May 8, 2017
When Janice Mirikitani was 5 years old, she cut off the blonde hair from her favorite doll and glued it to her own head, hoping it would magically transform her into a blonde-haired, blue-eyed, all-American girl. Like so many girls (and boys) of color, she had internalized a “sense of unworthiness and self-hatred” growing up immersed in a culture that constantly told her she wasn’t good enough.
The Asian American movement, as it would come to be known, was a political awakening for young activists like Mirikitani—wrestling with stereotypes and questions of identity, caught between the myth of the American Dream and the reality that it was not meant for people who looked like them, angry at the historical degradations their parents and grandparents had been forced to endure. Embracing their Asian American identity as a source of power and pride, they soon channeled those frustrations into concrete action.
Naming Asian America
The notion of Asian America was rooted in a pan-Asian identity that would harness the power of a “consolidated yellow people” against the forces of racism and imperialism. Inspired by the radical politics of the Black Liberation Movement and frustrated with white progressives’ failure to engage with race in a meaningful way, Asian Americans set out to create their own movement.
Yuji Ichioka, who taught the first Asian American studies class at UCLA, is credited with coining the term “Asian American” in 1968. He and his partner Emma Gee, then student activists at UC Berkeley, founded the Asian American Political Alliance out of their living room that summer, adopting the name to unify previously separate groups of ethnic Asian students—and to subvert the “Oriental” trope thrust on them by whites unable (and unwilling) to differentiate between them. As the (in)famous Richard Aoki put it, “Oriental was a rug that everyone steps on, so we ain’t no Orientals. We were Asian American.”1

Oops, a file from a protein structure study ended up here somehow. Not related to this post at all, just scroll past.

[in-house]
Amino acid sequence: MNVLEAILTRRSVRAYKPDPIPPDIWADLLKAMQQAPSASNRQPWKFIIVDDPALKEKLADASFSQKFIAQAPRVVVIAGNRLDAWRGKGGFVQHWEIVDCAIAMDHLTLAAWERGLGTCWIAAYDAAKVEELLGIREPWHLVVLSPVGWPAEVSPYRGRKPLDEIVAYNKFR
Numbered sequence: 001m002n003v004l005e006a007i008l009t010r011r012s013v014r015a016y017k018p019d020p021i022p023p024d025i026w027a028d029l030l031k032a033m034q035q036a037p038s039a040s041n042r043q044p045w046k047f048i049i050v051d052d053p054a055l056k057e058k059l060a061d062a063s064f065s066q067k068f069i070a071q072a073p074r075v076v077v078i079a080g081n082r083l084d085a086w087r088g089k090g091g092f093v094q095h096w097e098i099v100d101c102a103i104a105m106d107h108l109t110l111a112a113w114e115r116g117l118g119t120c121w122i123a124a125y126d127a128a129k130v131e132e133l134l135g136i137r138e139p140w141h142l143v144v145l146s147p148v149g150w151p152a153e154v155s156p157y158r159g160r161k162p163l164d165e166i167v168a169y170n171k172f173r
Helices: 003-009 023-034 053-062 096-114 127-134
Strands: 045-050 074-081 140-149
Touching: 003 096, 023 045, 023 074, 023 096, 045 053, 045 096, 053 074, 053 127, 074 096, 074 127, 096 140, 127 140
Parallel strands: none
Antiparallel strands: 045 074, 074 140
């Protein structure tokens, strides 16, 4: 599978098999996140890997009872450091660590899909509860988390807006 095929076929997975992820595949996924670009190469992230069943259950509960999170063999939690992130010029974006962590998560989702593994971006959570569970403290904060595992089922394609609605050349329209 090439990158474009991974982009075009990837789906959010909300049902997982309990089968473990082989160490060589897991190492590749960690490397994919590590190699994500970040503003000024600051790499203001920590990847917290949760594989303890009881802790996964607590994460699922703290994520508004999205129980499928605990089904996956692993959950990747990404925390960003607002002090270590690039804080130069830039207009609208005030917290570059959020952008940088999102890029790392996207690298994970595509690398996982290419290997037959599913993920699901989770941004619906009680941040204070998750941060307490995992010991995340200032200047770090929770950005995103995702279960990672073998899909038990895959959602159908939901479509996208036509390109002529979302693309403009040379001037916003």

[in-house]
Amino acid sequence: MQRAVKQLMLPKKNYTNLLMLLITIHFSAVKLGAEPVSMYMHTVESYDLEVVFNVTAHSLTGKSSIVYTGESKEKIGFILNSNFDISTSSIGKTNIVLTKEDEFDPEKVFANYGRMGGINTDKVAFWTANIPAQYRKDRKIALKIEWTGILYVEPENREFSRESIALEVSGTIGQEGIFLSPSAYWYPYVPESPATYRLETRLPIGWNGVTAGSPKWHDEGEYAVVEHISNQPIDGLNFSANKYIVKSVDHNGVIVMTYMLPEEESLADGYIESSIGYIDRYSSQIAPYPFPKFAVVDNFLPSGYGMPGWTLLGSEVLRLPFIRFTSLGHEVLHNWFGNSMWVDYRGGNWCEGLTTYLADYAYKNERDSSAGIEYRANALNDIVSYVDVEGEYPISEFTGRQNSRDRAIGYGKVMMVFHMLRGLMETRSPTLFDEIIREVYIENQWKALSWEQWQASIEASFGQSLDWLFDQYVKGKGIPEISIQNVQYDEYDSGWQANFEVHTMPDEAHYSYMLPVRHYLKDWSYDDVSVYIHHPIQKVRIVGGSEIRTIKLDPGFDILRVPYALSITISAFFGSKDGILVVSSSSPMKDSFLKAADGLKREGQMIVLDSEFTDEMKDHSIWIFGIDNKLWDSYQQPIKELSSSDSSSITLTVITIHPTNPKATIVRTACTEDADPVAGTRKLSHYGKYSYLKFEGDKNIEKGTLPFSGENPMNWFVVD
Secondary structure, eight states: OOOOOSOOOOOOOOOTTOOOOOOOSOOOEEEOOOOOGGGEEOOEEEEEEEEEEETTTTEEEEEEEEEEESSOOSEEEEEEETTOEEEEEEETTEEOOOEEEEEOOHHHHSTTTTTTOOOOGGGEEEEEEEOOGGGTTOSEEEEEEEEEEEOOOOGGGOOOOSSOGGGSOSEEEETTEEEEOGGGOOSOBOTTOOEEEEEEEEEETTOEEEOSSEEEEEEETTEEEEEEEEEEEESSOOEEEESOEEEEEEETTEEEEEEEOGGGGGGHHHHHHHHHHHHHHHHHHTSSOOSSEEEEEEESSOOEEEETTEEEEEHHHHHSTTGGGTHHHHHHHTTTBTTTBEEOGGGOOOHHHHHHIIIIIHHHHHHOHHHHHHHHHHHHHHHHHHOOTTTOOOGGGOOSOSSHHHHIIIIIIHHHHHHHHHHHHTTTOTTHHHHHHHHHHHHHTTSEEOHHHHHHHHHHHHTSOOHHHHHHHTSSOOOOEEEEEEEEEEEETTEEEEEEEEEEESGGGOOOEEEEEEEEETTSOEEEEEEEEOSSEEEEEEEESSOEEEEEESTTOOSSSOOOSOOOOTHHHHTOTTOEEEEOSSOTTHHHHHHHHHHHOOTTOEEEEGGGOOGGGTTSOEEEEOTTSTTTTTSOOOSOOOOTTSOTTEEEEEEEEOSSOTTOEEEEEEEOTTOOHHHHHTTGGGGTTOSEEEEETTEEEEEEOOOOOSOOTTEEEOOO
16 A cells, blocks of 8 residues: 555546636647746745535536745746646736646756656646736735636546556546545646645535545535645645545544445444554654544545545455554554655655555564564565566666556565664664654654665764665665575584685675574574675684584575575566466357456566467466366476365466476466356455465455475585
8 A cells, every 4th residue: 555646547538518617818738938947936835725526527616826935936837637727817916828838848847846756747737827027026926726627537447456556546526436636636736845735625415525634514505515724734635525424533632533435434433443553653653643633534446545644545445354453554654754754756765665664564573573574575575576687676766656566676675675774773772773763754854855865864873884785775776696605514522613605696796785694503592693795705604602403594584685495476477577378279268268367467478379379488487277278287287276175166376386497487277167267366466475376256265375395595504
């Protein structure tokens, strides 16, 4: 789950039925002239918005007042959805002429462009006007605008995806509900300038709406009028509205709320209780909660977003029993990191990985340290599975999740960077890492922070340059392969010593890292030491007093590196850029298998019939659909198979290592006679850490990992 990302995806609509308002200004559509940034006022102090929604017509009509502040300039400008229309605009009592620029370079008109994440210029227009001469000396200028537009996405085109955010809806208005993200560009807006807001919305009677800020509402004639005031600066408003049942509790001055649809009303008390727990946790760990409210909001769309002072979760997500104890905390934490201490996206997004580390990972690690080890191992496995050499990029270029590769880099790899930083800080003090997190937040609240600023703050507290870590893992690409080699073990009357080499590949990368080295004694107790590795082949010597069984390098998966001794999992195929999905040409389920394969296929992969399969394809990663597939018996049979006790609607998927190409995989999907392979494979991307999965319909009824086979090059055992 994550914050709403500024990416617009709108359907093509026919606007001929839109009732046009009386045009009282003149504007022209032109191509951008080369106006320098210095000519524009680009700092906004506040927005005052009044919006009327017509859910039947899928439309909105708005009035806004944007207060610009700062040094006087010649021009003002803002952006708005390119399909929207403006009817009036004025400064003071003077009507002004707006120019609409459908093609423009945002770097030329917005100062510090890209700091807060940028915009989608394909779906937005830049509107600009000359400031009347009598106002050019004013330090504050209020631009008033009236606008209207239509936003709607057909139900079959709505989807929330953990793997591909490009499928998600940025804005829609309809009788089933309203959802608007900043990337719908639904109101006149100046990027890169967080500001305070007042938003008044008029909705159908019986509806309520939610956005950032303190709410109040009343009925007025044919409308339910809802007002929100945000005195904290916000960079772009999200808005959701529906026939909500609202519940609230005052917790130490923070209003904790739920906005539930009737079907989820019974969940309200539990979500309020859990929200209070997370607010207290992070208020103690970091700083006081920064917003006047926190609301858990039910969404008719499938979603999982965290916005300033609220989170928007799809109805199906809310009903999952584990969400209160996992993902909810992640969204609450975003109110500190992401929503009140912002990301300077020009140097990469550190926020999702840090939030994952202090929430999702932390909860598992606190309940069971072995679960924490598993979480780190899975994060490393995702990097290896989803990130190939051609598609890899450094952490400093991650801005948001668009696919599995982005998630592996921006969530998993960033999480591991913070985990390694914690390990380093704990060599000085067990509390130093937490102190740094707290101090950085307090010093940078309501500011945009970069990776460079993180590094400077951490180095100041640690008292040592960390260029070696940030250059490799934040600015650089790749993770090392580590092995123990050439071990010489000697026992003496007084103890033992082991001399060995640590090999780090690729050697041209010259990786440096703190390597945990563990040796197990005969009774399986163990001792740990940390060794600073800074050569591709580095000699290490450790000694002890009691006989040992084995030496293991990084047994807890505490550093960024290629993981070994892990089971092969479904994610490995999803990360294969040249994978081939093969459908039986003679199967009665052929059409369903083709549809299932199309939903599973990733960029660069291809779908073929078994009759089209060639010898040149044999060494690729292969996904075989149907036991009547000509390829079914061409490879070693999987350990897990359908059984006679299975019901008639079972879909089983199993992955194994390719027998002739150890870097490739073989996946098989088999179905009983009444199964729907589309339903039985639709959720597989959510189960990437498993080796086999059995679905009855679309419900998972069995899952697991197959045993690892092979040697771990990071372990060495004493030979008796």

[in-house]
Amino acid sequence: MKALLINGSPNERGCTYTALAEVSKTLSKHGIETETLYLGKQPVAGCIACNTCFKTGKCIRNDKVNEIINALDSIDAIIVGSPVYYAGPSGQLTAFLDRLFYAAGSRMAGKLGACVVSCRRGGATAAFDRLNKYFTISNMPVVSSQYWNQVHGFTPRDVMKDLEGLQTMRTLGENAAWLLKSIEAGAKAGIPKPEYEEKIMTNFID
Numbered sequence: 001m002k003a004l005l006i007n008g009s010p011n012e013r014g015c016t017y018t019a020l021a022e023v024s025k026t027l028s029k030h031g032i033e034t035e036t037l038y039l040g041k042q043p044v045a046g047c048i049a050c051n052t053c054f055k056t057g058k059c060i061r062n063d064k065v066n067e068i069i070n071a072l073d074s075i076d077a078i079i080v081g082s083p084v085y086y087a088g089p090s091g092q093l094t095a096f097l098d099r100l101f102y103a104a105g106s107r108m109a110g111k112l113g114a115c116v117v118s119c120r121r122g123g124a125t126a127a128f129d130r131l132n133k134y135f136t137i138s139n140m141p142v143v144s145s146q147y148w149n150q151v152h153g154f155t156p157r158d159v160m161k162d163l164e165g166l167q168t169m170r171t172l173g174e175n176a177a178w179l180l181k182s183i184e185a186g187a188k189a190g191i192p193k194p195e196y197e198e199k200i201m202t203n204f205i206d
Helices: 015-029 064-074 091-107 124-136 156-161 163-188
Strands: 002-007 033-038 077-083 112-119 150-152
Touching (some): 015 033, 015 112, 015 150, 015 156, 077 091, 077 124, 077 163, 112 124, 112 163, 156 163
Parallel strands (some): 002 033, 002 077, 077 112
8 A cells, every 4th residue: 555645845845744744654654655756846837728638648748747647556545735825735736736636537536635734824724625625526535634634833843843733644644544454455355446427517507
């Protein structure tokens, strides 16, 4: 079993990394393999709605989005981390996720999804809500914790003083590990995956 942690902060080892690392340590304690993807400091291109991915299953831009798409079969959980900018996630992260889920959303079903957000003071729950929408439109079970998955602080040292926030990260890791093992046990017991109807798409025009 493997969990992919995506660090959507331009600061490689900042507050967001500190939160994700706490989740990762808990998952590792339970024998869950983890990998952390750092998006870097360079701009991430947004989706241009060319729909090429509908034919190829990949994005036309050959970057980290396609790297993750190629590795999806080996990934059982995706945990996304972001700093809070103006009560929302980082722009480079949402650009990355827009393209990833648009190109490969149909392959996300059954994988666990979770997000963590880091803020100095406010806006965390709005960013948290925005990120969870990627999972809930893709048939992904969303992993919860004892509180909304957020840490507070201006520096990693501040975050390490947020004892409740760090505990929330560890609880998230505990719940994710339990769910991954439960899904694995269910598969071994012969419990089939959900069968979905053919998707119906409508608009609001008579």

Although there was some pushback—especially from Filipinos and others who felt marginalized within the larger Asian American community2—this self-determined label caught on and began to spread as additional AAPA chapters and other pan-Asian organizations sprouted up across the country, both on and off campus. In just two years there were at least forty grassroots organizations, four newspapers, and ten student and community conferences flying the Asian American flag.3
The Third World Revolution
The Third World Liberation Front Strikes of 1968-69 were a defining moment for the burgeoning Asian American movement. At San Francisco State, AAPA (which was mostly limited to Japanese, in practice if not in theory), Intercollegiate Chinese for Social Action, and the Pilipino-American Collegiate Endeavor came together to form the “Asian contingent” of the student-led strike. From November 1968 to March 1969—the longest student strike in U.S. history—Asian American, Black, Chicano, and Native students clashed with administrators, and occasionally police, to establish an ethnic studies department and increase the number of students and faculty of color at the school. A second strike took place at UC Berkeley from January to March 1969.
These strikes were heavily publicized, and helped upend popular depictions of Asian Americans as quiet foreigners forever striving to assimilate into white society. By choosing Third World solidarity over model minority complicity—not only during the strikes, but also in support of the United Farm Workers, Native occupations at Alcatraz and Wounded Knee, the Free Huey campaign, and other concurrent issues—Asian Americans rejected “the passive Oriental stereotype” in favor of “a new Asian… who will recognize and fight injustices.”4
But students were not the movement’s only “first responders.” Triple A founders Kazu Iijima and Minn Matsuda had been politically active for over 30 years by the time the Asian American movement really got going. Larry Itliong was 52 and Philip Vera Cruz 61 when they established the Agricultural Workers Organizing Committee, and Grace Lee Boggs had been involved with the Black Liberation Movement since the 1940s. Many of these “over thirties” were “the initial impetus for the politicization of young people,” and their early efforts to cross racial divides and break the silence around Asian American struggles for equity provided an important foundation for their younger counterparts.5
“No Vietnamese Ever Called Me Chink”
Another major factor in the origins of the Asian American movement was the Vietnam War. Asian Americans felt impelled to end the conflict not just for the sake of peace or bringing home “our” (not “their”) boys. They also recognized the racist and colonialist implications of the U.S. involvement in Vietnam, and linked the slaughter of “gooks” in Southeast Asia to the brutal Philippine-American War, Hiroshima, Nagasaki, and the long history of violence perpetrated against Asian peoples throughout U.S. history.
Third World organizer Patsy Chan described this Asian American perspective: